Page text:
I feel fine 

He is lying, half asleep in bed, when the sound wakes him. It is sudden and large and unexpected and shocks him into full wakefulness. His heart races. The window of his bedroom was rattled and there was a pulse through the the whole flat. The sound was as if a skip was dropped, breaking its chains and falling to the ground a few streets away, a full, metallic-edged 'tum'.

With open eyes he looks about his dimly-lit winter bedroom, while his heart slows down again. He is warm in his bed, several blankets and a few jumpers giving more insulation that his duvet alone. Did he imagine that sound, he wonders, was it some kind of hang over from a night of fitful sleep, of strange awakenings and twisted bed clothes? Pondering this, he gradually becomes aware of the slow decrease in the sounds of the city that his flat swims within.

The traffic sounds like it has ceased, its constant white noise gone as if it were the middle of the night. So too he can hear less sounds from his building. This further oddness gives him pause to wonder and he decides to risk a venture through the cold air to the window, to look out into the morning.

Outside, everything looks normal except the sky. The sky is gone. He has seen something a little like this before, often times when clouds blanket his city for days on end, reducing the sky to a monotone. This is something else again and a real shock. The sky is white, with not any tone at all, not even the slightest shadow. It is simply empty, a softly-glowing white void, neither warm nor cold, just white.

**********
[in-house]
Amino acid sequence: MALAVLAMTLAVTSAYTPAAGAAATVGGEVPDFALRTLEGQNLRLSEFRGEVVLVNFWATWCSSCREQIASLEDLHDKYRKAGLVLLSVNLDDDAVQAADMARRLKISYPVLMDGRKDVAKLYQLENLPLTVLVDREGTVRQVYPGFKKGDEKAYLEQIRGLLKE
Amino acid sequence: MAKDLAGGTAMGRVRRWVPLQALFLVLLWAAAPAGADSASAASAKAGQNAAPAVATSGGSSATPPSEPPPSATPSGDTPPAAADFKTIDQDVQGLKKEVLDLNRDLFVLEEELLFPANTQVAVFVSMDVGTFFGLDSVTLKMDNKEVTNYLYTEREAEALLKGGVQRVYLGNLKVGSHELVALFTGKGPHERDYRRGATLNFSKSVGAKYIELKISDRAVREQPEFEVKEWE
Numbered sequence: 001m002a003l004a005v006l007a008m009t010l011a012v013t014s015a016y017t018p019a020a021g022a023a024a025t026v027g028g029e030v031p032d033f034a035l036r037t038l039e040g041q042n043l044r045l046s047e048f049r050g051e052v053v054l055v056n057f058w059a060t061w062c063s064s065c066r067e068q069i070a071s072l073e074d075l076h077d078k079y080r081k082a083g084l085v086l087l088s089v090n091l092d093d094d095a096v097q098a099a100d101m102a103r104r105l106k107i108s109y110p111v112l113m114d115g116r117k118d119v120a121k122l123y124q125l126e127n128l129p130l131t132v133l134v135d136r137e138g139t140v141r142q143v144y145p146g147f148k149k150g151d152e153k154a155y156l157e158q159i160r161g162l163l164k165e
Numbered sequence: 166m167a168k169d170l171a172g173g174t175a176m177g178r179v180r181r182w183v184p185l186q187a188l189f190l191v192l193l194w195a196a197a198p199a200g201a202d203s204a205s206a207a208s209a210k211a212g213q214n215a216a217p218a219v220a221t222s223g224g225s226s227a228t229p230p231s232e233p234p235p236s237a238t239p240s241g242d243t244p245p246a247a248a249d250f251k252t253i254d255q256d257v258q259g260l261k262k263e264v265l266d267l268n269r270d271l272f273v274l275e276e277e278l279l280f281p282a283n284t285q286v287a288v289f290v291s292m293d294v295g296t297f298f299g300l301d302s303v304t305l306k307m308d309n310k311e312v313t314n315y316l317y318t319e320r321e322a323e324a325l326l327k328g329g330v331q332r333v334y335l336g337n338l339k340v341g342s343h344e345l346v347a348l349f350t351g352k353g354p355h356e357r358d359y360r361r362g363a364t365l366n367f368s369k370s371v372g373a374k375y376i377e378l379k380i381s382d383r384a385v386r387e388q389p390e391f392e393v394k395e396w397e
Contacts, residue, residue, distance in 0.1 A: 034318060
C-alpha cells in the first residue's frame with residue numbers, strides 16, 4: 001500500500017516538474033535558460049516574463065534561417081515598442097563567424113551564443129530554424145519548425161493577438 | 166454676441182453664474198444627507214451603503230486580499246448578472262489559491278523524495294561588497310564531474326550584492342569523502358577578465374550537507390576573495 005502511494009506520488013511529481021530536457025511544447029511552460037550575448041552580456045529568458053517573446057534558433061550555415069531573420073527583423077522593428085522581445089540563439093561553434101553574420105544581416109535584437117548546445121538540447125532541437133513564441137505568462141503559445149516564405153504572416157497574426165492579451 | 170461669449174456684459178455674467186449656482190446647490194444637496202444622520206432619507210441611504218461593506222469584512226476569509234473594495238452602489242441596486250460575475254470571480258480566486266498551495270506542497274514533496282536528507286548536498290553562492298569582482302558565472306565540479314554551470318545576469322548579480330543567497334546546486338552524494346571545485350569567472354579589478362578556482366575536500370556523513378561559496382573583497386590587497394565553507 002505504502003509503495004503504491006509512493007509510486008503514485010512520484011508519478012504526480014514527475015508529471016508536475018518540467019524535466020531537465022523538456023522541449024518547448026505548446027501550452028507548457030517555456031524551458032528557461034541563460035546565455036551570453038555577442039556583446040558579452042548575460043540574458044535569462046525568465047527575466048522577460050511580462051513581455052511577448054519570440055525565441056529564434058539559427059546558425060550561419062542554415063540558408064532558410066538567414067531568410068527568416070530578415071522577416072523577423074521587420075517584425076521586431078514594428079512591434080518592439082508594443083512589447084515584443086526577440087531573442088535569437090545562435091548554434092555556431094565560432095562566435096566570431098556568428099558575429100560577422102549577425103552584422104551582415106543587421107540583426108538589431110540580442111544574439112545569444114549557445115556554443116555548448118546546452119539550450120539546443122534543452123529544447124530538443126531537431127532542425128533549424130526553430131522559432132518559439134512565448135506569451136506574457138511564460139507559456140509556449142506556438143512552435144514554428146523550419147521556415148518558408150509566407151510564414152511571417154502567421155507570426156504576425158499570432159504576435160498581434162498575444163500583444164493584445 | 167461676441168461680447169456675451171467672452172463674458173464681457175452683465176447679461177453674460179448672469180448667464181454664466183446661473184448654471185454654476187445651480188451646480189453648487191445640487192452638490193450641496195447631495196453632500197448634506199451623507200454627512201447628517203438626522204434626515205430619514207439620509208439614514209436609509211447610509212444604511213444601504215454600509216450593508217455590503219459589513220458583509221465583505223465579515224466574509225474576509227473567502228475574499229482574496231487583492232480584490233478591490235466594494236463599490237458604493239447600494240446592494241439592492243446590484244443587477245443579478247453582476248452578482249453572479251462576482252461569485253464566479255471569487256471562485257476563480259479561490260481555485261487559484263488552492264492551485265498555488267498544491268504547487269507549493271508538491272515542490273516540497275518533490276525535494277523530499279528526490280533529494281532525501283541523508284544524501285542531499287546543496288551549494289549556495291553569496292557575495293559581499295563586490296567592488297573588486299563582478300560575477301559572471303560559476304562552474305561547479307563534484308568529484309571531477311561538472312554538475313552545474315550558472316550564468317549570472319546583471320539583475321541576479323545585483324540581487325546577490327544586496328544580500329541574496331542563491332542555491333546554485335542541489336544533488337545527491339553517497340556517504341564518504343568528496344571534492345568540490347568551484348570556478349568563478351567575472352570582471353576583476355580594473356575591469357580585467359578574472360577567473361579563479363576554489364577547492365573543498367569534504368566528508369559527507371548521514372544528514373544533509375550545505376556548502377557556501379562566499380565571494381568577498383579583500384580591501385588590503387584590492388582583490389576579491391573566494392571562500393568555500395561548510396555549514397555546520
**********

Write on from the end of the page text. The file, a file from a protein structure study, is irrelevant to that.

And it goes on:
It is like a door opens in his mind. A dim and overlooked portal that seemingly has been within him always and yet until this moment had been overlooked, as if to focus on it were the equivalent of trying to grasp the last sliver of soap in a long and hot bath. And now it opens and knowledge slowly pours out.

He opens the curtains fully, crosses the room and gets back into his still-warm bed. So this is it, he realises, and he feels an acceptance that borders on joy. The REM song he had listened to the day before with something akin to irony comes back to him and repeats and repeats in his inner ear.

And I feel fine, he thinks.

From where he lies, he can see a few other tenements, dark and damp stone, that is oddly shadowless under the all-encompassing soft white glow. He catches in his peripheral vision a bright flash of pure light from one window and he knows, knowledge no doubt from that same unexpected stream, that someone has moved on and that he has only to wait for his turn and he will too.